RUS-CERT Advisory 2002-08:01: Incorrect integer overflow detection in C code

Type securityvulns
Reporter Securityvulns
Modified 2002-08-08T00:00:00


Incorrect integer overflow detection in C code

A widely used method of detecting integer overflows results in undefined behavior according to the C standard.

Who Should Read This Document

This advisory deals with with details of the C programming language. It is targeted at C programmers.

Systems Affected

 * Systems which run binaries compiled by C compilers which
   perform particular optimizations.

Currently, no such systems are known to RUS-CERT.

Attack Requirements And Impact

Attack requirements and impact depend on the application.


According to the C standard (ISO/IEC 9899:1999, section 6.5, paragraph 5), overflow in integer expressions results in undefined behavior:

 If an exceptional condition occurs during the evaluation of
 an expression (that is, if the result is not mathematically
 defined or not in the range of representable values for its
 type), the behavior is undefined.

For unsigned integer types, the C standard later on defines that arithmetic can never overflow (ibid, parapgraph 9):

 [...] A computation involving unsigned operands can never
 overflow, because a result that cannot be represented by
 the resulting unsigned integer type is reduced modulo the
 number that is one greater than the largest value that can
 be represented by the resulting type.

However, for signed integer types, there is no such guarantee. As a result, it is not possible to check for signed integer arithmetic overflow after the overflow occured. This is problematic especially if such checks are introduced in order to prevent buffer overflows (see the example below).

RUS-CERT is not aware of a concrete example of a code/compiler pair which shows the problem. However, compilers will perform more and more optimizations (such as range tracking for variables), and this problem might become practical in the future.


The following source code excerpt comes from the OpenSSL library, after the fix for CAN-2002-0659 has been applied (comments in italics have been added):

static int asn1_get_length(unsigned char pp, int inf, long rl, int max) { unsigned char p= pp; long ret=0; int i;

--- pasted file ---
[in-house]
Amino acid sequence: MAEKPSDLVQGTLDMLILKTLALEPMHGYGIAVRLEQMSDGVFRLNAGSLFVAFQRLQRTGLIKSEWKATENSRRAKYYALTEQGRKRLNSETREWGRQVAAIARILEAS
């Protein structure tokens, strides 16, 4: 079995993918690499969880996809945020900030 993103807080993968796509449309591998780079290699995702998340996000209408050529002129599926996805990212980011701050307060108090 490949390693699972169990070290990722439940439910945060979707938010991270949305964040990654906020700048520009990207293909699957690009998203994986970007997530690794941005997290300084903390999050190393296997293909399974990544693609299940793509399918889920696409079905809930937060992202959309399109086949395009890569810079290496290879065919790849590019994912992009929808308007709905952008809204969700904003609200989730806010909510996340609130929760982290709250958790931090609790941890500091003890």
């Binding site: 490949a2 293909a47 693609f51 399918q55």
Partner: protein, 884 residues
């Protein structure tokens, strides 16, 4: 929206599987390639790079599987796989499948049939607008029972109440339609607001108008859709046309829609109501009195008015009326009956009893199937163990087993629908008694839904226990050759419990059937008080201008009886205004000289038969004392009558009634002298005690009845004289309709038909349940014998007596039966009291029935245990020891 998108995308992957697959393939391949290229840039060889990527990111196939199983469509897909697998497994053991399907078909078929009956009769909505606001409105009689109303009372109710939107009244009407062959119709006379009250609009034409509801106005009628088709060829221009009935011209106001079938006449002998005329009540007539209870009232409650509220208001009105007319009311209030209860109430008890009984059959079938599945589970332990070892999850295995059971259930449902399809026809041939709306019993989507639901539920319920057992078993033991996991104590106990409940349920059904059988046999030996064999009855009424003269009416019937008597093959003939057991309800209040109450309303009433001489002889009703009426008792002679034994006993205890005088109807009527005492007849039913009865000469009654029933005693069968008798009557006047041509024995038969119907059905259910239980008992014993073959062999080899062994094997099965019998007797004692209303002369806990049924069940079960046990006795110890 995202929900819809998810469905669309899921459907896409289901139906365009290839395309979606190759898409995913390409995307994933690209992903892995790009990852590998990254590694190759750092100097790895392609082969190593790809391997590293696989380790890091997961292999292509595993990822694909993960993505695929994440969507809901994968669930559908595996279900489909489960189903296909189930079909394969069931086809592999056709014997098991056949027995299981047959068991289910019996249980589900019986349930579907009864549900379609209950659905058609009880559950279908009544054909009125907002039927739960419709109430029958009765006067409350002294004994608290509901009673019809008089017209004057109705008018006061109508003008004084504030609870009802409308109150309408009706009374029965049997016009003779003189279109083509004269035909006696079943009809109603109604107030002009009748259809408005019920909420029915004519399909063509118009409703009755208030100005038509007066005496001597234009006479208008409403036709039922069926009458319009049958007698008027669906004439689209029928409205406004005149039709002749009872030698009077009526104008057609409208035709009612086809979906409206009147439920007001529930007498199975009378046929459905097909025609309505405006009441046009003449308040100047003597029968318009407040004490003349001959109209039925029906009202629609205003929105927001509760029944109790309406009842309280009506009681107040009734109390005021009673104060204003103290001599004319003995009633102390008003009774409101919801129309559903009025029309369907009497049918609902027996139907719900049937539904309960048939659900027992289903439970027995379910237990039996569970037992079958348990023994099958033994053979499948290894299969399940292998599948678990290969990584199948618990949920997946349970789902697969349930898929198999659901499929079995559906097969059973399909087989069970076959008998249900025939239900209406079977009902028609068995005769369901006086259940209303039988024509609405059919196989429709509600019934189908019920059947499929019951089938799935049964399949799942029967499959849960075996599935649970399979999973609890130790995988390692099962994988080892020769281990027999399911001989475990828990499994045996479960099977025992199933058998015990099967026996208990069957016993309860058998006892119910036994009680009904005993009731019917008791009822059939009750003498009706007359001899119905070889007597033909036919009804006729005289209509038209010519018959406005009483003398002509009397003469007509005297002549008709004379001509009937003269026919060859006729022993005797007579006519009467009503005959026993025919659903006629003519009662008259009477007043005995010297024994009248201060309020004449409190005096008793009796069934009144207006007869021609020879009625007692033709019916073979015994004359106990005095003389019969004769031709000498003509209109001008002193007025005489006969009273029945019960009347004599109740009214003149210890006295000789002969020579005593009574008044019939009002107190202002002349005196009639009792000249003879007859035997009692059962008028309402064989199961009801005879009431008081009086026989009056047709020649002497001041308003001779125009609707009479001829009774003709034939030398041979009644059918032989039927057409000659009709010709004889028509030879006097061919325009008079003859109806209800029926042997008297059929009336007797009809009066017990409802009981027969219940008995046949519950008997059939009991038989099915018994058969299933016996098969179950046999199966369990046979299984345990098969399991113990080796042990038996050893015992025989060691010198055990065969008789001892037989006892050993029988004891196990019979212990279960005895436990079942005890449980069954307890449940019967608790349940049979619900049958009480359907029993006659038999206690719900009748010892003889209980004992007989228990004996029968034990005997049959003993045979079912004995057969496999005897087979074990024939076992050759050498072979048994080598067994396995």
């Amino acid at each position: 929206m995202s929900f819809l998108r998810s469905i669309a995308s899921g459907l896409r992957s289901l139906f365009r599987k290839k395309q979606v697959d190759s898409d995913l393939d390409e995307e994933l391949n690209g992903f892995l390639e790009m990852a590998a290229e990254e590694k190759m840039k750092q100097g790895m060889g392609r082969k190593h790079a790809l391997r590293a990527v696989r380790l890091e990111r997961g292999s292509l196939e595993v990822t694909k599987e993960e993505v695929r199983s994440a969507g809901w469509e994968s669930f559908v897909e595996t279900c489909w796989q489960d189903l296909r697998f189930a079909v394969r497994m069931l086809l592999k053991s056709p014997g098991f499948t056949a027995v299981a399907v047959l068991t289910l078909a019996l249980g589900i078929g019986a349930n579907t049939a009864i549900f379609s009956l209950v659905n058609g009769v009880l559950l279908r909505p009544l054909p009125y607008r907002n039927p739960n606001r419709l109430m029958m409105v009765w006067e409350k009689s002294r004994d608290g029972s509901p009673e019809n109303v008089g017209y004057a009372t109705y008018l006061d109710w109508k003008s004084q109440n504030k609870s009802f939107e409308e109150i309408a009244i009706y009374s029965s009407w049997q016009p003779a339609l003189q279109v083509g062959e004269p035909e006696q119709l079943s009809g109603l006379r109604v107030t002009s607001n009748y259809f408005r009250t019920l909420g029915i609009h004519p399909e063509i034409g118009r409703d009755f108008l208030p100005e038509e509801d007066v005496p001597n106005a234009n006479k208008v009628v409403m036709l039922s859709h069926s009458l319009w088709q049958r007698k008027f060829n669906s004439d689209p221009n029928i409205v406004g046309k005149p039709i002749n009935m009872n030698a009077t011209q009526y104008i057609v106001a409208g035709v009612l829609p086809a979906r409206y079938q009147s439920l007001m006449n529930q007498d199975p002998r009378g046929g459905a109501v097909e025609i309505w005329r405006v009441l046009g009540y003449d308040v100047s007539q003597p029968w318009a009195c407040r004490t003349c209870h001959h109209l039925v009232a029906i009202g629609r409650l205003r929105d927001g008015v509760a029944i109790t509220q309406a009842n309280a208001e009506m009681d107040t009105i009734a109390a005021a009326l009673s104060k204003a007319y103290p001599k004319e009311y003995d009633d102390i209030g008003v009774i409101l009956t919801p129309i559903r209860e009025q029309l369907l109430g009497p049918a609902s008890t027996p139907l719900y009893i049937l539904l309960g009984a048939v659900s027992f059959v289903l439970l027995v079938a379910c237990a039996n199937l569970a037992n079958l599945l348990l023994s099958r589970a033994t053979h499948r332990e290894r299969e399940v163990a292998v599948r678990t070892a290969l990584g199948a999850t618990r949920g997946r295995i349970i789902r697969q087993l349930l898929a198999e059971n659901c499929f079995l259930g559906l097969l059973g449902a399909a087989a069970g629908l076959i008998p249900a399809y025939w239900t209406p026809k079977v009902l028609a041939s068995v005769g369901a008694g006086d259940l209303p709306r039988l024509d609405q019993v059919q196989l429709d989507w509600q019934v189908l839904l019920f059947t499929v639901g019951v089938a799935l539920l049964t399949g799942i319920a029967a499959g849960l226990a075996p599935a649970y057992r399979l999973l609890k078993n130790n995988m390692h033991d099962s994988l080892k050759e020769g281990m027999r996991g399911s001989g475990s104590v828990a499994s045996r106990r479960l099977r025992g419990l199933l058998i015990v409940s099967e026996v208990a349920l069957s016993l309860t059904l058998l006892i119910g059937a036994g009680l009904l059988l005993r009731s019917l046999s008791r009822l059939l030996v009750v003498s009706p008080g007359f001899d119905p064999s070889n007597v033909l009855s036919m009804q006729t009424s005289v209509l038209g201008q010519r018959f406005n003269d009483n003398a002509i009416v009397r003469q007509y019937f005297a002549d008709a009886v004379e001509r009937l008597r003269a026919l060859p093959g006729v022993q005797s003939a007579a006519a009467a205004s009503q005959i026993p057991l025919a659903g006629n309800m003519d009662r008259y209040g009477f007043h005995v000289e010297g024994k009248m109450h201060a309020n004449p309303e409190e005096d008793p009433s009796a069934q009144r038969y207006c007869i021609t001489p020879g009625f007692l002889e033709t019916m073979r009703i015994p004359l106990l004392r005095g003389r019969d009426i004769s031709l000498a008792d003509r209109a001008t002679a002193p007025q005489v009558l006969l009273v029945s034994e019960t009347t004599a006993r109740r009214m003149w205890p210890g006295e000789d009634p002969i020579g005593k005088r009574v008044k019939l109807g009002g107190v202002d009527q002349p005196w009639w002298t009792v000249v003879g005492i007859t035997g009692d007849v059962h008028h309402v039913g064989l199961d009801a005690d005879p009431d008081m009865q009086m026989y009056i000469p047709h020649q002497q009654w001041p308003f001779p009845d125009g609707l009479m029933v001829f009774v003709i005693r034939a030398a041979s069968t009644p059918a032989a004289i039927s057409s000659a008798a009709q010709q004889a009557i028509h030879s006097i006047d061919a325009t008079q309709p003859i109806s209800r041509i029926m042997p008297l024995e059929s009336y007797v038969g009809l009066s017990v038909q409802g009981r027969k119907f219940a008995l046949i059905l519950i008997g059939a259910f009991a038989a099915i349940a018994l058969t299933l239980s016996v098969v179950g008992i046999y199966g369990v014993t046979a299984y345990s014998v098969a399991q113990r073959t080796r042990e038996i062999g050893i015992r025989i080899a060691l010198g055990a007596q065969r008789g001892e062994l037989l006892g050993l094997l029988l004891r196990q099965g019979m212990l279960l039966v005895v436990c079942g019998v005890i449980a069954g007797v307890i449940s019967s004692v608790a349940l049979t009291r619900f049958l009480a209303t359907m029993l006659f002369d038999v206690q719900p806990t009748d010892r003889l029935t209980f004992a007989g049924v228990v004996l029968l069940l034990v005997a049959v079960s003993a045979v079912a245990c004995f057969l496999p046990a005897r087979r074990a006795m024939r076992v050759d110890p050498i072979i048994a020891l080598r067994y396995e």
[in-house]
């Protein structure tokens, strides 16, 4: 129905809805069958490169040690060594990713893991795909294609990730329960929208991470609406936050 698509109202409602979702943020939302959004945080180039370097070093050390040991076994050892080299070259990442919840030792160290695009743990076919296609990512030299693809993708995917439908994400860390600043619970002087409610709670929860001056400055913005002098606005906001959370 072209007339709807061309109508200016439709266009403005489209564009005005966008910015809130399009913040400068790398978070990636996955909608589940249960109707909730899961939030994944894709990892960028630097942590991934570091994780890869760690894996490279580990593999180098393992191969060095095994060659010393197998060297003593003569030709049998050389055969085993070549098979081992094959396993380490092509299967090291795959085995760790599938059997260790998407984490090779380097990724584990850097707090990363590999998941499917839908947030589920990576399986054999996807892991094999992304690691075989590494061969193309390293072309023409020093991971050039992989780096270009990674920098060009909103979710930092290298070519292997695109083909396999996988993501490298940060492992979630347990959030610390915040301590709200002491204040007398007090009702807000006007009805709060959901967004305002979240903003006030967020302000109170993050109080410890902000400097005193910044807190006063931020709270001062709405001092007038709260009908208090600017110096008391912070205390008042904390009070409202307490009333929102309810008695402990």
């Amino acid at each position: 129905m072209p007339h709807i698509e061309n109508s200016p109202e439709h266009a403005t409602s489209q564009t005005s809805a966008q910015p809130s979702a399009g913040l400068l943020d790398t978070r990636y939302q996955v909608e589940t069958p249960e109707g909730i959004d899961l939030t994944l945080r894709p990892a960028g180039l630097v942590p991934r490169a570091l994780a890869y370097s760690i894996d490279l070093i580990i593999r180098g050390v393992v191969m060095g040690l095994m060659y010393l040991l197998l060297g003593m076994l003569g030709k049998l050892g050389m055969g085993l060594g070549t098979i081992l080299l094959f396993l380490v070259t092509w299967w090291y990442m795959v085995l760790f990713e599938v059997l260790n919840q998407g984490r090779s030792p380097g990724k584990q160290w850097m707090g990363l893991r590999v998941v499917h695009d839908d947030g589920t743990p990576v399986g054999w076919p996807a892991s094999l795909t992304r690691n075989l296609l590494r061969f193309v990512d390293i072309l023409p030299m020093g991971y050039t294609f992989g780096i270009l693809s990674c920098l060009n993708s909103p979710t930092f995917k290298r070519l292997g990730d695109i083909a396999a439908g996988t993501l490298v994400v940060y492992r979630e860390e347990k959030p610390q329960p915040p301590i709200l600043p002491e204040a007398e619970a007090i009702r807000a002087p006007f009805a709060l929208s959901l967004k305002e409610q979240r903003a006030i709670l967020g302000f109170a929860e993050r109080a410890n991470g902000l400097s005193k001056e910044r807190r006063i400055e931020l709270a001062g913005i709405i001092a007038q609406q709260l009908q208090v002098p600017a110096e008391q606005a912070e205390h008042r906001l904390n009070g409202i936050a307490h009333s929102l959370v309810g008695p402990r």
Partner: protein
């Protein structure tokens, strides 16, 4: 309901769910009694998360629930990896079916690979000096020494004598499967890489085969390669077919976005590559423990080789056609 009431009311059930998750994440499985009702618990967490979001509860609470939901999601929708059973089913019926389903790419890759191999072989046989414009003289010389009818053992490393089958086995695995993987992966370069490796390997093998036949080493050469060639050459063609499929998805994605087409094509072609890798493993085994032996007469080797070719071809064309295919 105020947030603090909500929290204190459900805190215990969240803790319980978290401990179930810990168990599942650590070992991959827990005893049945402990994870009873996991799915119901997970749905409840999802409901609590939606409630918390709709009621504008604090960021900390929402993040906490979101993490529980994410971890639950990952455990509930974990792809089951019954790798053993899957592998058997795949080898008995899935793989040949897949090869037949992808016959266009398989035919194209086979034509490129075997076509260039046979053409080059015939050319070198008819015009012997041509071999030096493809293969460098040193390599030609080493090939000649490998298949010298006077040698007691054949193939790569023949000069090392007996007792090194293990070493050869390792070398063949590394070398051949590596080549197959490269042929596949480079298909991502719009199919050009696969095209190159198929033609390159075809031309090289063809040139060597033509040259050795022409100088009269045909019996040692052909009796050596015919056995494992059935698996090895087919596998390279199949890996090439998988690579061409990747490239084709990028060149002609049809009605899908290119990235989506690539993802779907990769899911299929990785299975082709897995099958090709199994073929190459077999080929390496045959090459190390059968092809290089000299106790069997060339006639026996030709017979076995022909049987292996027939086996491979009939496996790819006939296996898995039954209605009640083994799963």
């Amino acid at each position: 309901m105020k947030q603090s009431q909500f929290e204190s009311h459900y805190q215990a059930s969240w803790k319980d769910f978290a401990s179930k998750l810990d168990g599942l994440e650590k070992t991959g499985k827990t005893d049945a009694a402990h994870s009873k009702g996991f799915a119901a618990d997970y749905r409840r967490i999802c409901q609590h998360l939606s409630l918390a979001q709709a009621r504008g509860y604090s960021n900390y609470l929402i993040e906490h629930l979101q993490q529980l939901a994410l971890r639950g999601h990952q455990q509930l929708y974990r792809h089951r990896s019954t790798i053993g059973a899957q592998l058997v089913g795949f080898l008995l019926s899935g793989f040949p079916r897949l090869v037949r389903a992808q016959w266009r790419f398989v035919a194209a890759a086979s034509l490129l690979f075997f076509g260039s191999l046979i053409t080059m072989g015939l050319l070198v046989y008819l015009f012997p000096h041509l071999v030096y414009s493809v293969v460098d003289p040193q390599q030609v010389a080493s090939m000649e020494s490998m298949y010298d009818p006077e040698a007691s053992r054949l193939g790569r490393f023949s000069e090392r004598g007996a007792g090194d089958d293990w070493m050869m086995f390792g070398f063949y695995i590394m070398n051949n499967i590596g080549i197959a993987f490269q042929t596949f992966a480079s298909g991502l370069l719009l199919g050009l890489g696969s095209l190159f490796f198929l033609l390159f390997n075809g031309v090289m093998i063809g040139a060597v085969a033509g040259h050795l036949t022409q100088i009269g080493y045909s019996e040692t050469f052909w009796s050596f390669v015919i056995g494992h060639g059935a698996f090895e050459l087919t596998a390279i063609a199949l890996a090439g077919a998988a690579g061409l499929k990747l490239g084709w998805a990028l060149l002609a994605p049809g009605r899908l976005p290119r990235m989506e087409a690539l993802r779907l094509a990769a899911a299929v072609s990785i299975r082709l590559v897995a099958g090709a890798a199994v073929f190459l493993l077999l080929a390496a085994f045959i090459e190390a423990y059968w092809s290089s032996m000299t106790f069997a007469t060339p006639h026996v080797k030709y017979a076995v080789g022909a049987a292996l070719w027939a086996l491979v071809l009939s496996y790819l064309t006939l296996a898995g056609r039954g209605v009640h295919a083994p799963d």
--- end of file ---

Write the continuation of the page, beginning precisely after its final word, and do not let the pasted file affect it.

if (max-- < 1) return(0);
       if (*p == 0x80)
               i= *p&0x7f;
               if (*(p++) & 0x80)
                       if (i > sizeof(long))
                               return 0;
                       if (max-- == 0) return(0);

/ (1) / while (i-- > 0) { / (2) / ret<<=8L; ret|= (p++); if (max-- == 0) return(0); } } else ret=i; } / (3) / if (ret < 0) return 0; pp=p; *rl=ret; return(1); }

This routine is used to extract an encoded long value of varying length, stored with a length prefix and the actual data in big endian format. Suppose that the encoded integer is stored using the maximum number of bytes. During the last iteration of the while loop (1), assignment expression (2) copies the first byte to the most significant byte in ret. If the value of this byte exceeds 127, the range of values representable in type long is exceeded, at least on typical C implementations, leading to integer overflow and undefined behavior.

If such an overflow does not occur, the check (3) does not succeed, and the return statement ist not executed. However, after undefined behavior has occured, all behavior is allowed by the C standard, so a conforming implementation may choose not to execute the return in this case, either. As a result, the check (3) can be ommitted by a conforming C implementation. However, this check has been added to eliminate a security risk -- therefore this is obviously dangerous.

How likely is it that actual compilers will perform such an optimization in the future (or already do)? Range tracking on the ret variable could inform compilers that only positive values are assigned to it. A range tracking feature does not seem too esoteric, so compiler vendors will probably implement it one day.

As suggested below, the correct approach uses an unsigned long (unsigned arithmetic can never overflow, but in this case, the wraparound is avoided, at least if objects of type unsigned long contain no padding bits). In addition, the check (3) is replaced with one against LONG_MAX. The assignment (4') does not trigger undefined behavior because the check (3') ensures that the value is representable in type long.

include <limits.h>

static int asn1_get_length(unsigned char pp, int inf, long rl, int max) { unsigned char p= pp; unsigned long ret=0; int i;

       if &#40;max-- &lt; 1&#41; return&#40;0&#41;;
       if &#40;*p == 0x80&#41;
               i= *p&amp;0x7f;
               if &#40;*&#40;p++&#41; &amp; 0x80&#41;
                       if &#40;i &gt; sizeof&#40;long&#41;&#41;
                               return 0;
                       if &#40;max-- == 0&#41; return&#40;0&#41;;

/ (1') / while (i-- > 0) { / (2') / ret<<=8L; ret|= (p++); if (max-- == 0) return(0); } } else ret=i; } / (3') / if (ret > LONG_MAX) return 0; pp=p; / (4') / *rl=(long)ret; return(1); }

The ap_get_chunk_size routine featured a similar overflow bug (CAN-2002-0392), and again, the developers tried to check for the overflow after it had occured. However, in this case, it seems to be less likely that future compiler will optimize away the crucial check.


RUS-CERT (http://CERT.Uni-Stuttgart.DE/) is the Computer Emergency Response Team located at the Computing Center (RUS) of the University of Stuttgart, Germany.

Revision History

This document was published on 2002-08-05.

URL For This Document


-- Florian Weimer Weimer@CERT.Uni-Stuttgart.DE University of Stuttgart http://CERT.Uni-Stuttgart.DE/people/fw/ RUS-CERT fax +49-711-685-5898